4. By: Geoffrey Brennan (Research School of Social Sciences, Australian National University, Australia - Duke University, Durham, North Carolina, USA - University of North Carolina-Chapel Hill, USA); Michael Brooks (School of Economics and Finance, University of Tasmania, Australia)
    Abstract: Our object is to explicate Buchanan's conception of individual liberty and to trace its connection to the 'working themes' in his corpus-anarchy, contract, constitution, Pareto optimality, 'public choice' and so on. In doing so, we investigate a number of tensions in Buchanan's conception-between a libertarian affinity with anarchy and constitutional contractarianism; and that between procedural liberalism and classical liberalism.
    Keywords: Freedom, Liberty, Anarchy, Constitutional Contractarianism
    JEL: D63 D79
    Date: 2012–06
  5. By: DNB
    Abstract: This Occasional Study presents DELFI, a new macroeconomic model of the Dutch economy for forecasting and policy analysis. Macroeconomic modelling at de Nederlandsche Bank started some 25 years ago, when Martin Fase and his team built MORKMON, which was quite novel at the time due to the inclusion of a monetary sector. For many years, this model was used fruitfully as an instrument for forecasting, scenario analysis and policy simulation, and its acronym survived during all those years. But the times have changed and so has the economic environment. Already when MORKMON was introduced in 1984, the then president of de Nederlandsche Bank, Wim Duisenberg, noted how our understanding of the economy is never perfect. Indeed, changes in the economic environment and new insights led to various minor and major adjustments to the structure of MORKMON, up to a point where it was decided to build a completely new model. DELFI is the result of a collective effort by researchers and statisticians at the Economics & Research Division of de Nederlandsche Bank. In my view, the team has created a worthy successor of MORKMON. And while history learns that a model is never perfect or finished, I am confident ELFI is in a position to take over the prominent position that MORKMON had so many years within the set of analytical instruments of de Nederlandsche Bank.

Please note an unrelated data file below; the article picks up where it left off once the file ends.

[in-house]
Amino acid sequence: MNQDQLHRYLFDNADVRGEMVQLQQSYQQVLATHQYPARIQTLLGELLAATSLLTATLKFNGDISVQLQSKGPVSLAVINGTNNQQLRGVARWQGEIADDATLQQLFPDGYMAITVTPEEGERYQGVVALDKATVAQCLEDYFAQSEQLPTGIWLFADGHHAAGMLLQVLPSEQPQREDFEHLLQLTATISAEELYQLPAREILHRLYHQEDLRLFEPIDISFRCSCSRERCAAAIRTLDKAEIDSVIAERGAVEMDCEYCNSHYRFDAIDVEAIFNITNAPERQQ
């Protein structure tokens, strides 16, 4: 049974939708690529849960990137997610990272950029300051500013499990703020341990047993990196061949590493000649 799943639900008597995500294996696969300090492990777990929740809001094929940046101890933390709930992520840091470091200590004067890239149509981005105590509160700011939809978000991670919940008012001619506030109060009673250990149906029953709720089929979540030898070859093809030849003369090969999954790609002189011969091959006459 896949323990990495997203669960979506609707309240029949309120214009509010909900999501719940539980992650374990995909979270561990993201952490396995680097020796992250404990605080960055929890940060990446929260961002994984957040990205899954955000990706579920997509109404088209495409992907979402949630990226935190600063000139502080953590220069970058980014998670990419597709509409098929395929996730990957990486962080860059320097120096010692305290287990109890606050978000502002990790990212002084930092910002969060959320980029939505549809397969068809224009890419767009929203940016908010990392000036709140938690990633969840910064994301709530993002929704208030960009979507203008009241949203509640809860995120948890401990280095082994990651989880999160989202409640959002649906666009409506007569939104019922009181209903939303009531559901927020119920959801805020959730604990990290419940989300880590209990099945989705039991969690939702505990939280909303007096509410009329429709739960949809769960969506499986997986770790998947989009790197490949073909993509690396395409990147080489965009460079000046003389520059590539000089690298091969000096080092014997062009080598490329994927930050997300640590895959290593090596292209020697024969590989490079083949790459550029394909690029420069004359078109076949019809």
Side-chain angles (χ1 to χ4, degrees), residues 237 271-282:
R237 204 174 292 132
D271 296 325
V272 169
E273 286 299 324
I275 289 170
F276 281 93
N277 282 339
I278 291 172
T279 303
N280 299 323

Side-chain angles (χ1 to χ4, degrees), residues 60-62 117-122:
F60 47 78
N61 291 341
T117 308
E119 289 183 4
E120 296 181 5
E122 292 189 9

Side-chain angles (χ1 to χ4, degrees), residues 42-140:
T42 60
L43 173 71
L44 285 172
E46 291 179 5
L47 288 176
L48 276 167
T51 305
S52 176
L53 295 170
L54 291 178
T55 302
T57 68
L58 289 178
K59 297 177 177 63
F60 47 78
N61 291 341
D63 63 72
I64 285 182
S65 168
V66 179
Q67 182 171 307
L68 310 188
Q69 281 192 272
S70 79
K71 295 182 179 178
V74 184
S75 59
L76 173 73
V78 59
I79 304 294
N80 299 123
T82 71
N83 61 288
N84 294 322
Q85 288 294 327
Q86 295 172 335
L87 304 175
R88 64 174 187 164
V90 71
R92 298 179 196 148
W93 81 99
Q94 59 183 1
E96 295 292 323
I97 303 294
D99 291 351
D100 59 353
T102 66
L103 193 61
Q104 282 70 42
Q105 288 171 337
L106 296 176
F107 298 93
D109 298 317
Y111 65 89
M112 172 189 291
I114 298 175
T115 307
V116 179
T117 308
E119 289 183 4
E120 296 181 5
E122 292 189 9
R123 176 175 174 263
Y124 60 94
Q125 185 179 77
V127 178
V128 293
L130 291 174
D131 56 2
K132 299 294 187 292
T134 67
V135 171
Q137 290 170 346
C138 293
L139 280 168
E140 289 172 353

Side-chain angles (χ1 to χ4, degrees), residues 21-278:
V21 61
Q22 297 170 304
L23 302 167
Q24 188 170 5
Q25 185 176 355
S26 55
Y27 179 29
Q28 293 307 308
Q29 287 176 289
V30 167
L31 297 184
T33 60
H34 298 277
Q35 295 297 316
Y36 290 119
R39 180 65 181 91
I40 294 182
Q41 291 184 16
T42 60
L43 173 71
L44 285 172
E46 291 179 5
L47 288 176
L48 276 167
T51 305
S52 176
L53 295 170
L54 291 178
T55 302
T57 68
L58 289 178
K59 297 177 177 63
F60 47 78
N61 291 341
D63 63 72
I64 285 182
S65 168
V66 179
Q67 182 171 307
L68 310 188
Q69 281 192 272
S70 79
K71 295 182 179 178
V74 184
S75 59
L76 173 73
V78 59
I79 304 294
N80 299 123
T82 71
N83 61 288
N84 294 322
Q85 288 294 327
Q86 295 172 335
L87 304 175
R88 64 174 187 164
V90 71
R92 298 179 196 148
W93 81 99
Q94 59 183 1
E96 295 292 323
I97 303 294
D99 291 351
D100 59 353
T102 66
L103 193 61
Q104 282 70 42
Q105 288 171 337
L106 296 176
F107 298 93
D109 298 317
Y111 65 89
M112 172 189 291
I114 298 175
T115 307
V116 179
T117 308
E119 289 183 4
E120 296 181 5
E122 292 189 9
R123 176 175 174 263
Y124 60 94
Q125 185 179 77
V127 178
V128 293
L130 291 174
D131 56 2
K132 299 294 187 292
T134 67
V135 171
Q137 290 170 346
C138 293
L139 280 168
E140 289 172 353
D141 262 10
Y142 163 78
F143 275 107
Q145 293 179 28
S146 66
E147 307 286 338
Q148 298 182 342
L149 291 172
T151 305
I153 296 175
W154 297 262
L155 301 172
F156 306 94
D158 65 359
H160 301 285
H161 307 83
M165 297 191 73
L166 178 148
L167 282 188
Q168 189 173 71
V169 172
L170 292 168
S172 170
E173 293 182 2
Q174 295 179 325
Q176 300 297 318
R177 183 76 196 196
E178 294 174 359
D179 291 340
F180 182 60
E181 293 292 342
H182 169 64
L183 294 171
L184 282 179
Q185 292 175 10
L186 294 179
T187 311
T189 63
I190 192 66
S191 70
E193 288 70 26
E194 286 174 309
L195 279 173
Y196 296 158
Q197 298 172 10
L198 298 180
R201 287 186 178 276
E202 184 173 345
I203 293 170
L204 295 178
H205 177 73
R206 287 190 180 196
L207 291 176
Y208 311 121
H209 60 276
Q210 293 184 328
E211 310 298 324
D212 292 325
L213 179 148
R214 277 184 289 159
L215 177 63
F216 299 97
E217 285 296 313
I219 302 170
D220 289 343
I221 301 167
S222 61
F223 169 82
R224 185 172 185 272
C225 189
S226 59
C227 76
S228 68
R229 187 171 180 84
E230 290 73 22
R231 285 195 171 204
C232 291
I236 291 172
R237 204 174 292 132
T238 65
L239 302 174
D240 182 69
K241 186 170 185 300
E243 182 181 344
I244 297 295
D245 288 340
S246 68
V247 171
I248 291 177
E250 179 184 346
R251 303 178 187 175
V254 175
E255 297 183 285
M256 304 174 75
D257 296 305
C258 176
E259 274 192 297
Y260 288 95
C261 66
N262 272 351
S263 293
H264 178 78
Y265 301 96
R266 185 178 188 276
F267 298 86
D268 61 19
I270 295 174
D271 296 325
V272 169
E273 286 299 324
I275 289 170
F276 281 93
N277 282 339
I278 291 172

Date: 2011–02
  6. By: William Orlando Prieto Bustos
    Abstract: Resumen La economía parece estar ad portas de una revolución científica que requiere de un cambio del actual paradigma que orienta la política económica. Lo anterior ha traído como consecuencia una tensión en el ejercicio profesional que intenta articular un interés privado que define sus resultados, con un interés público que define su credibilidad. Dichas tensiones han ocasionado fallas sistemáticas en la profesión que están modificando la relación entre el sujeto y el objeto de la ciencia económica, y entre el sujeto y los procedimientos a través de los cuales estudia el objeto en condiciones de incertidumbre. El presente documento discute la importancia de los principios pluralismo crítico, responsabilidad, Primun Non Nocere, y precaución en un esquema de reflexión ética de la economía como ciencia y como técnica. Para tal efecto se realiza un análisis institucional de políticas, normas, y directrices en una muestra de 10 países: 8 de Latinoamérica, junto con Estados Unidos, e Inglaterra. El principal resultado indica que el actual régimen institucional tanto legislativo como ético no soluciona la tensión que genera el interés privado y el interés público en el desempeño profesional de un economista en una economía de mercado. Es necesario incorporar una articulación flexible que facilite una interpretación sencilla y concreta que oriente al mejoramiento de la calidad del servicio privado y público que desempeña un economista. Abstract The 2008 financial crisis has caused a profound impact regarding public interest and the economics profession´s prestige and credibility. Prior to the financial collapse common knowledge about economic assumptions such as the hypothesis of efficient markets and rational expectations were widely supported for orthodox economists albeit their lack of empirical evidence. Upon such theoretical underpinnings dominant economic advice to deal with uncertainty was used to obtain financial yields well beyond efficiency and ethical limits. The financial crisis revealed the profession blindness towards opportunistic behavior whose impact may well be compared with blackmailing public interest forcing the government to step in to preserve the system´s solvency and credibility. According to the opinion of several economists replacing economic human behavior direct observation for a mathematic criterion has shadowed not only the real use of modern economic theory in solving economic recession - to the point that it has been substitute by common sense- , but also has contributed to justify an unethical behavior in the financial markets whose consequences have being paid by the society. The following paper discuses an institutional analysis of the economics profession using a comparative analysis methodology composed by 10 case studies of the profession legal frame. The research´s main finding concludes that the current institutional regime is unsuitable to reduce private-public interest tension in the corpus of the economic profession so that there is a rationale for institutional design oriented to increase high quality scientific behavior in the economic science useful to anticipate economic recessions.